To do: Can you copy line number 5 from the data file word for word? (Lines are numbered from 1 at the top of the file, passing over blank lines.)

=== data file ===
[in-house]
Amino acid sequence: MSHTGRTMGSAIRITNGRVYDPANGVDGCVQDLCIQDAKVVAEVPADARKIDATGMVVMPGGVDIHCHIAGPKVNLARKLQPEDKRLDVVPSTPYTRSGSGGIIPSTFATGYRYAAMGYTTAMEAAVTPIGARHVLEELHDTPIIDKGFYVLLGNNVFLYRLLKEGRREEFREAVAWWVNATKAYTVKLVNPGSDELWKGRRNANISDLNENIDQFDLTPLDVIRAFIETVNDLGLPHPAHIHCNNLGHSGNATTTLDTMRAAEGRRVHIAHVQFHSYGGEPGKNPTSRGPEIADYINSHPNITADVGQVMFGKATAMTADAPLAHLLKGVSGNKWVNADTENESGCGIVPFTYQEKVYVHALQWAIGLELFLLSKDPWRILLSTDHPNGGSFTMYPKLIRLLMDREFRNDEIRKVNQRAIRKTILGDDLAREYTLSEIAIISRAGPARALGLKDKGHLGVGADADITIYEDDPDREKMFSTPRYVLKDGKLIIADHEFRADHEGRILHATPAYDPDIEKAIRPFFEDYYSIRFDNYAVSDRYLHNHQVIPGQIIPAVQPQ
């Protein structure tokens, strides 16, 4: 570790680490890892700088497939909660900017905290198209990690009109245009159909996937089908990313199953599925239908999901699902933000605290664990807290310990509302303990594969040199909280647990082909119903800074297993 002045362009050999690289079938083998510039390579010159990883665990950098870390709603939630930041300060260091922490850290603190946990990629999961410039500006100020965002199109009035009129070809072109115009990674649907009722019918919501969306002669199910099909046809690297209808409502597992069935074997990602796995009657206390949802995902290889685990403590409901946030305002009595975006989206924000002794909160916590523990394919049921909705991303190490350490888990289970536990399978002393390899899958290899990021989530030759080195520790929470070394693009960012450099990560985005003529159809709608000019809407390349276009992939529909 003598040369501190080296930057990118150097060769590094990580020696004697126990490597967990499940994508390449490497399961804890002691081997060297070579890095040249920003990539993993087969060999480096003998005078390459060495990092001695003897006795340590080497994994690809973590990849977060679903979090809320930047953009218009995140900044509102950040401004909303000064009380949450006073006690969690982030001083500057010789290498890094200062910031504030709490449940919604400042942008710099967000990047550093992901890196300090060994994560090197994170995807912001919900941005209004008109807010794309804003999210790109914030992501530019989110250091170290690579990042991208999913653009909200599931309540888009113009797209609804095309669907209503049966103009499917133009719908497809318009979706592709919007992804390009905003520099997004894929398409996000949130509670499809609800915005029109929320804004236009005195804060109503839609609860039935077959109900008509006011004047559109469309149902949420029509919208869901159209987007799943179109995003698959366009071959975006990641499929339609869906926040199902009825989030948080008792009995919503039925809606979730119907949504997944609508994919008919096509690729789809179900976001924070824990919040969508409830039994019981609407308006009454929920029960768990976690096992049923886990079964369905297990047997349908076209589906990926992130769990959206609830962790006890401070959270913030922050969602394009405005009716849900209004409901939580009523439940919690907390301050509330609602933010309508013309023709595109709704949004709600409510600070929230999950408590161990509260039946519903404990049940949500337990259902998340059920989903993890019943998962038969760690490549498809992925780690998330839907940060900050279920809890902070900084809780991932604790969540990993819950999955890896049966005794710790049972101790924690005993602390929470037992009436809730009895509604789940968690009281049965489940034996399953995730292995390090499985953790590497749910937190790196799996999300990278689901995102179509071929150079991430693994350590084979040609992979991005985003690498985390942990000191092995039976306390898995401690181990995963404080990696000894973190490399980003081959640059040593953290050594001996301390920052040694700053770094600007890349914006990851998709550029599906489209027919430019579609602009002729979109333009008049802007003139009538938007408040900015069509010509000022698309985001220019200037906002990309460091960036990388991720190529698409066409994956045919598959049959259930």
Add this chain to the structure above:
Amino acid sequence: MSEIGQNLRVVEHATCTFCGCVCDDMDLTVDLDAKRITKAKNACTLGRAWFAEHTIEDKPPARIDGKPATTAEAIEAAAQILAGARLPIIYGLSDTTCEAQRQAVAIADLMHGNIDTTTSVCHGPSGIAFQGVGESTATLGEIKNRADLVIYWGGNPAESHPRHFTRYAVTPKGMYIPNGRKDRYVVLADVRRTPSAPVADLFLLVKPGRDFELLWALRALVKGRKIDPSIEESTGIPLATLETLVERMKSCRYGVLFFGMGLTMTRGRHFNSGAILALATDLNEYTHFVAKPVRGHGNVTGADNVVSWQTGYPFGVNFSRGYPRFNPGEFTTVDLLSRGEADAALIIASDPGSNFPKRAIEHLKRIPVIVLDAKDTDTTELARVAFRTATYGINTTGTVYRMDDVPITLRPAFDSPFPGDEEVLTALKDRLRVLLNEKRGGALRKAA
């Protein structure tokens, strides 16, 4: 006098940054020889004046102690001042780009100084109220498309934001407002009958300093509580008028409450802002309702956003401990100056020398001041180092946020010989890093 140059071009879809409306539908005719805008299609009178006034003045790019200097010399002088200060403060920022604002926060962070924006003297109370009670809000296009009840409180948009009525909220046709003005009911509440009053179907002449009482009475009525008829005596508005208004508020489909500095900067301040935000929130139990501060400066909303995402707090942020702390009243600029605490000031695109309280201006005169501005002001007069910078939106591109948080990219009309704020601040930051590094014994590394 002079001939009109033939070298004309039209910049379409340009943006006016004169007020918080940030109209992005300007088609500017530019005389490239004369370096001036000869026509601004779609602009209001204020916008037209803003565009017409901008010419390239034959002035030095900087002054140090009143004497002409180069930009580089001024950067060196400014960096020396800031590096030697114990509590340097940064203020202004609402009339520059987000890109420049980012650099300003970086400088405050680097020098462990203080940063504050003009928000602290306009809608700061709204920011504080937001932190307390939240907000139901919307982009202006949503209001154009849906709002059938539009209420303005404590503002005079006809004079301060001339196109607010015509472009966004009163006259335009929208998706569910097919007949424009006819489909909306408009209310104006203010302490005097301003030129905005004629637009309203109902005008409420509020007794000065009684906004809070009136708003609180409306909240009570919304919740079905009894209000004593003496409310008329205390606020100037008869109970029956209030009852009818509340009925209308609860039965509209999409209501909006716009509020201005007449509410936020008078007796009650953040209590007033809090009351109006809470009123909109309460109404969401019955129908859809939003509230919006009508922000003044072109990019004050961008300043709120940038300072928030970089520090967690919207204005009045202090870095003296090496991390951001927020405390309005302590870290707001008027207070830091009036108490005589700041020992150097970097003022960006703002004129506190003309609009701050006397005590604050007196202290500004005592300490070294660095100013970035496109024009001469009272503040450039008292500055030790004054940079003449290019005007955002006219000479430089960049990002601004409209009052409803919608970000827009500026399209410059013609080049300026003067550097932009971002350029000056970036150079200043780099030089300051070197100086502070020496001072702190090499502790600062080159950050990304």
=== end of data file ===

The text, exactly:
Amino acid sequence: MSEIGQNLRVVEHATCTFCGCVCDDMDLTVDLDAKRITKAKNACTLGRAWFAEHTIEDKPPARIDGKPATTAEAIEAAAQILAGARLPIIYGLSDTTCEAQRQAVAIADLMHGNIDTTTSVCHGPSGIAFQGVGESTATLGEIKNRADLVIYWGGNPAESHPRHFTRYAVTPKGMYIPNGRKDRYVVLADVRRTPSAPVADLFLLVKPGRDFELLWALRALVKGRKIDPSIEESTGIPLATLETLVERMKSCRYGVLFFGMGLTMTRGRHFNSGAILALATDLNEYTHFVAKPVRGHGNVTGADNVVSWQTGYPFGVNFSRGYPRFNPGEFTTVDLLSRGEADAALIIASDPGSNFPKRAIEHLKRIPVIVLDAKDTDTTELARVAFRTATYGINTTGTVYRMDDVPITLRPAFDSPFPGDEEVLTALKDRLRVLLNEKRGGALRKAA